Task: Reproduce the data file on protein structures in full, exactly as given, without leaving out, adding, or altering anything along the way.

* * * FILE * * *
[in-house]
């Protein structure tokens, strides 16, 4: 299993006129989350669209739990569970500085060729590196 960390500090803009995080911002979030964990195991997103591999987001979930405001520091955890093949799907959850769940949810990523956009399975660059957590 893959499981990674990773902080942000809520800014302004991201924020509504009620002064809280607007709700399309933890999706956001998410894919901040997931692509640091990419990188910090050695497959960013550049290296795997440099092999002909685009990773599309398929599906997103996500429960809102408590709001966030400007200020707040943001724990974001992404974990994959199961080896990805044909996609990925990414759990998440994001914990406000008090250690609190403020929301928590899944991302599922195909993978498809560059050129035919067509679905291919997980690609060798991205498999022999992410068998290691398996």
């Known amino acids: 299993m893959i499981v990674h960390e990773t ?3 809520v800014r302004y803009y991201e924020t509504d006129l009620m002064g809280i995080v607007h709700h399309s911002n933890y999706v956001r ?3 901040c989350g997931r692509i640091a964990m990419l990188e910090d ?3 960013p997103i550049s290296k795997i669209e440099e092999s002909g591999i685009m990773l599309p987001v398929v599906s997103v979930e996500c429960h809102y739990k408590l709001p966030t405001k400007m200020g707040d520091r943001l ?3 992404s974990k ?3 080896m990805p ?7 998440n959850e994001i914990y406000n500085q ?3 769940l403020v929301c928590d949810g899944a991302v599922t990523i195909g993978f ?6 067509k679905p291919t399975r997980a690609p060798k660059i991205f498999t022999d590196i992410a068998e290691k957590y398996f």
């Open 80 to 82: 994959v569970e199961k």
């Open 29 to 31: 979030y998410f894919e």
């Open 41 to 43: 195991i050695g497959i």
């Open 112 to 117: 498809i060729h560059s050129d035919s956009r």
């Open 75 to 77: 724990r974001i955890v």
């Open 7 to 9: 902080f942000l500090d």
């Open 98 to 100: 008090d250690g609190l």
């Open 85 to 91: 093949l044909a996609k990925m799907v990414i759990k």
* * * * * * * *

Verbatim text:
[in-house]
């Protein structure tokens, strides 16, 4: 299993006129989350669209739990569970500085060729590196 960390500090803009995080911002979030964990195991997103591999987001979930405001520091955890093949799907959850769940949810990523956009399975660059957590 893959499981990674990773902080942000809520800014302004991201924020509504009620002064809280607007709700399309933890999706956001998410894919901040997931692509640091990419990188910090050695497959960013550049290296795997440099092999002909685009990773599309398929599906997103996500429960809102408590709001966030400007200020707040943001724990974001992404974990994959199961080896990805044909996609990925990414759990998440994001914990406000008090250690609190403020929301928590899944991302599922195909993978498809560059050129035919067509679905291919997980690609060798991205498999022999992410068998290691398996």
């Known amino acids: 299993m893959i499981v990674h960390e990773t ?3 809520v800014r302004y803009y991201e924020t509504d006129l009620m002064g809280i995080v607007h709700h399309s911002n933890y999706v956001r ?3 901040c989350g997931r692509i640091a964990m990419l990188e910090d ?3 960013p997103i550049s290296k795997i669209e440099e092999s002909g591999i685009m990773l599309p987001v398929v599906s997103v979930e996500c429960h809102y739990k408590l709001p966030t405001k400007m200020g707040d520091r943001l ?3 992404s974990k ?3 080896m990805p ?7 998440n959850e994001i914990y406000n500085q ?3 769940l403020v929301c928590d949810g899944a991302v599922t990523i195909g993978f ?6 067509k679905p291919t399975r997980a690609p060798k660059i991205f498999t022999d590196i992410a068998e290691k957590y398996f």
């Open 80 to 82: 994959v569970e199961k």
């Open 29 to 31: 979030y998410f894919e």
């Open 41 to 43: 195991i050695g497959i």
């Open 112 to 117: 498809i060729h560059s050129d035919s956009r």
């Open 75 to 77: 724990r974001i955890v």
């Open 7 to 9: 902080f942000l500090d």
């Open 98 to 100: 008090d250690g609190l």
């Open 85 to 91: 093949l044909a996609k990925m799907v990414i759990k």